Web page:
- Never leave the house without telling the dog goodbye. I tell doodle that I will be "right back" and kiss her forehead.
Doodle is so tuned into this that she will walk from spot to spot in anticipation of her walk. Ok... Mom's putting on her shoes... she's in the bathroom... is she talking to Adam(?)... she always talks to Adam before we leave(!). At which point, doodle is standing in front of Adam's bedroom door waiting for me to let my son know that we are leaving. It's really kind of funny to watch. When I miss a beat, doodle will go back to what she was doing.
Whichever routine you end up with, your dog will realize that you are going to come back and they will decide that having the place to themselves isn't so bad. Don't fret about it. Give your dog plenty of exercise and they won't chew on shoes, cry, pace, or scream. They'll just sleep.
@elbrant This is very helpful, I will definitely give this a try. I was trying to do the opposite by desensitizing him and opening the front door a few times!
Can I ask how long it took for Doodle to get used to being on her own? Even if my partner leaves on his own and I stay in the room, Koda will start pacing around and whine. Do you think he has FOMO rather than him being anxious of being separated?
JKent last edited by
I have a similar situation with my 17 month old female. It's been hard to practice leaving the house because my husband has been working from home since the pandemic started.
In terms of following you around the house I have found that mine has stopped doing this as much with maturity. Once she could manage the stairs safely we started leaving the internal doors open and going about our business and over time she has started to choose to stay downstairs at times.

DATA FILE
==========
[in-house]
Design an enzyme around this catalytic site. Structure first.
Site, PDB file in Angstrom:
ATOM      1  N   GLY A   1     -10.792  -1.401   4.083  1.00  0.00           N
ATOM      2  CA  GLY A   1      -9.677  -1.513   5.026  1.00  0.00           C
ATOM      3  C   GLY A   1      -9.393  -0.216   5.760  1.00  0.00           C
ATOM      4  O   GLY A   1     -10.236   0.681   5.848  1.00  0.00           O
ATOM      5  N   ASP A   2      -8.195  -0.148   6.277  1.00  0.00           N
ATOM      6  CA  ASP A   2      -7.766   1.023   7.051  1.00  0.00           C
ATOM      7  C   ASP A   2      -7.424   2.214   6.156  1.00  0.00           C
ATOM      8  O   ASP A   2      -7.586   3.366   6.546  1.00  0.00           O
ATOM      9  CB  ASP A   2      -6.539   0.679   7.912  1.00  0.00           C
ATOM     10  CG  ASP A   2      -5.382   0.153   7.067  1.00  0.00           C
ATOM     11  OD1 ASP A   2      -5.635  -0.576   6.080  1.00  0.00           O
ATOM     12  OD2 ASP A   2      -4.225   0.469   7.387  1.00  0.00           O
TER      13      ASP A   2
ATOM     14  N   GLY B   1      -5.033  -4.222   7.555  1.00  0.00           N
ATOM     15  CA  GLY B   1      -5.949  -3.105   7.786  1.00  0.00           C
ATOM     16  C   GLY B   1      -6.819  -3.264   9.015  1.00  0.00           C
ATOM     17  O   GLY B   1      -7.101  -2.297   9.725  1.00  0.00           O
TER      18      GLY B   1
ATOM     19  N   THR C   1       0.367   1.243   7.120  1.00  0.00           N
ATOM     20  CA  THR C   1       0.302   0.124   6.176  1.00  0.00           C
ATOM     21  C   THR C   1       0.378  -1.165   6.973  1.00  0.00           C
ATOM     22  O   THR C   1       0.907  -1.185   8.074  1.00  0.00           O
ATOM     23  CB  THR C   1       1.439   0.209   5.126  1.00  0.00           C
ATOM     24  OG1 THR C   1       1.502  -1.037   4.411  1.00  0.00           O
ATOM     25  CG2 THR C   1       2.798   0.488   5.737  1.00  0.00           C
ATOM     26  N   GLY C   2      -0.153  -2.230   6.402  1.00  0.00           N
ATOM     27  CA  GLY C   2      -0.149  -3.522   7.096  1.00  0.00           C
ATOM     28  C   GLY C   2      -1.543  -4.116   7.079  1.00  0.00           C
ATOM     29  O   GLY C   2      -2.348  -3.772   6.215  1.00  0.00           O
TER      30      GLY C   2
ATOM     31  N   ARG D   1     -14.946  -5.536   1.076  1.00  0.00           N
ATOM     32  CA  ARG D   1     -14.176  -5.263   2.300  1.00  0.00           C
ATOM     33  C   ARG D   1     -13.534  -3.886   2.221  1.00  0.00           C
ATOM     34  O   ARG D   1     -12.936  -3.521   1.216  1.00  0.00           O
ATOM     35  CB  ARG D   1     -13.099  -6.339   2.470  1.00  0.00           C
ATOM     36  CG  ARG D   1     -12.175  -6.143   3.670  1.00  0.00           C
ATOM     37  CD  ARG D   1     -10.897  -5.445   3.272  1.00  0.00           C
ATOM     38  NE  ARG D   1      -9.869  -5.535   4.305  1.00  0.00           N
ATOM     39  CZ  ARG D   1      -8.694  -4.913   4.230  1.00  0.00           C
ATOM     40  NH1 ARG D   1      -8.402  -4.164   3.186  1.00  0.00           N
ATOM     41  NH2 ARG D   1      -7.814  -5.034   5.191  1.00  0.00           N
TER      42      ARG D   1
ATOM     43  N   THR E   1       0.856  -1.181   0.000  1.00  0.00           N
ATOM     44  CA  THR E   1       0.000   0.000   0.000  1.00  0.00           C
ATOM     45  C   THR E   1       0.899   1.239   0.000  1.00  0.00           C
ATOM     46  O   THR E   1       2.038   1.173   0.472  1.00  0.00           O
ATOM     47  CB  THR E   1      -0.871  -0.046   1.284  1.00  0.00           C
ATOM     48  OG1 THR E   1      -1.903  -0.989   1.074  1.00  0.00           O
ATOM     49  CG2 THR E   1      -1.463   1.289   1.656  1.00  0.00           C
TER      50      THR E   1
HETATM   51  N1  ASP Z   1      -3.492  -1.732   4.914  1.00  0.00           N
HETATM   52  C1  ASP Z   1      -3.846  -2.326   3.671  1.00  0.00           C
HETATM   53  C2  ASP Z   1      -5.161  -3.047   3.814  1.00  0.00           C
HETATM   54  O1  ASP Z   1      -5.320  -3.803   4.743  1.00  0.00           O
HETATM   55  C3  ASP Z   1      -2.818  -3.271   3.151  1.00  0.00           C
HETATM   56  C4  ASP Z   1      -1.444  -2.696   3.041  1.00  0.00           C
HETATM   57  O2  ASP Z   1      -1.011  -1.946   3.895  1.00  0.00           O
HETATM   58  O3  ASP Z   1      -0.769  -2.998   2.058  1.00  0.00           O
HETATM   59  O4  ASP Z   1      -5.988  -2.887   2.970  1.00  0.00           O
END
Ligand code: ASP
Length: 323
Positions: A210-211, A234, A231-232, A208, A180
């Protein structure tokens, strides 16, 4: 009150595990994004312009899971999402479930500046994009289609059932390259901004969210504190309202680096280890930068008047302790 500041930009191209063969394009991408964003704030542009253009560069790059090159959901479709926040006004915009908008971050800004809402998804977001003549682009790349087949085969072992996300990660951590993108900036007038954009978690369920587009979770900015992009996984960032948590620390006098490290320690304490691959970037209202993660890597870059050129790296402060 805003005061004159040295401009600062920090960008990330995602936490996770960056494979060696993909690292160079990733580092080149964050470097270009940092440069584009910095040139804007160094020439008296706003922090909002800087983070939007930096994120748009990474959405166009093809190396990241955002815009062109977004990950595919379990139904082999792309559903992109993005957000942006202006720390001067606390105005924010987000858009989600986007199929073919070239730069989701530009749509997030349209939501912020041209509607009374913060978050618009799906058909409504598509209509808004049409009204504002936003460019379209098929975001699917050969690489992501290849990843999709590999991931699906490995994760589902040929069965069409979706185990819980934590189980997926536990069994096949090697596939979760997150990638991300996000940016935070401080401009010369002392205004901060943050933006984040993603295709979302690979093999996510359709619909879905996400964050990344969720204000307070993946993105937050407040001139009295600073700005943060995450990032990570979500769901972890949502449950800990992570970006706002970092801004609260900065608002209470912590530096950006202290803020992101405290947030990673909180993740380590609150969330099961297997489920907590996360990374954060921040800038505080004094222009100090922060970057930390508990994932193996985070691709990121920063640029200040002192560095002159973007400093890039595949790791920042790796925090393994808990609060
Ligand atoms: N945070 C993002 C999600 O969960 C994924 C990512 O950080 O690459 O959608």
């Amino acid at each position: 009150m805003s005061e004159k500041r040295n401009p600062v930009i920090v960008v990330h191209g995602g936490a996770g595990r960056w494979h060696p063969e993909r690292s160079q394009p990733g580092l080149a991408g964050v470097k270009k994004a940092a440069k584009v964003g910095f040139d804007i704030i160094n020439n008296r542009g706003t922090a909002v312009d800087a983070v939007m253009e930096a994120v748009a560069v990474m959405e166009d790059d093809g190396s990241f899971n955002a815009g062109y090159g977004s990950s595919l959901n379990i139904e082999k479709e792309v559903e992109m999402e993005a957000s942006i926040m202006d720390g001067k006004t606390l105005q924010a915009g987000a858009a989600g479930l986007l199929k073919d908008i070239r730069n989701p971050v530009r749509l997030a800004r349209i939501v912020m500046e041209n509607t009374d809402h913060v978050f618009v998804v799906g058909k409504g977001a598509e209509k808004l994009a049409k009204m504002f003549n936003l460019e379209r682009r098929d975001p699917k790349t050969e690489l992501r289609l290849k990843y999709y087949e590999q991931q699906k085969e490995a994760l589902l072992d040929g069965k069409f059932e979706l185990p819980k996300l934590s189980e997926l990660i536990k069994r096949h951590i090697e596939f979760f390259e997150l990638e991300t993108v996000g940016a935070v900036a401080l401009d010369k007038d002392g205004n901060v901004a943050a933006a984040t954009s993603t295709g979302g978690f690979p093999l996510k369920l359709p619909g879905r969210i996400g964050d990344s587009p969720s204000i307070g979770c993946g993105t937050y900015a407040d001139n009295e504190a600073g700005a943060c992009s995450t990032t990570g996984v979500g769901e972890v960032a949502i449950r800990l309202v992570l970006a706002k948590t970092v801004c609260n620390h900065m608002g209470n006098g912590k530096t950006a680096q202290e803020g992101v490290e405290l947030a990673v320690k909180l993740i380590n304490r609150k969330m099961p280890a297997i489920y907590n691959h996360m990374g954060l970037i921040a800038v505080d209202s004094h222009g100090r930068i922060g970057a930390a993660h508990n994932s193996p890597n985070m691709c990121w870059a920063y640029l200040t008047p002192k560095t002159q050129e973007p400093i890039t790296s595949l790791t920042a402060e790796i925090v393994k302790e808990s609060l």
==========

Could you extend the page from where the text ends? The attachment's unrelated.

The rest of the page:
I have recently started practicing leaving her alone for just 3 minutes while I walk to the end of the road and back. She cries slightly but then settles. When she no longer cries at all I will increase the time and plan to vary the exits by sometimes leaving in the car and driving around the block etc.
Similar to others, when any of us are leaving the house we say goodbye and she runs to the window to watch us leave. If she is coming with us I will tell her we are going for a walk so she knows she is coming.
My Basenji is very food driven but isn't interested in treats when she is stressed about being left alone.
@kodabasenji It's not FOMO. Your pup is associating you and your partner as his pack. That's a good thing. I just think that your pup is upset because he isn't sure how to behave. He wants to be in charge and he cannot be in charge if his pack is not at home.
Doodle got sick of my little game in one afternoon. Today she cocked her head like she was asking me if I was leaving... I asked her if she wanted to go wait in the car (she knows the word "wait") and she promptly turned and went into my bedroom. LOL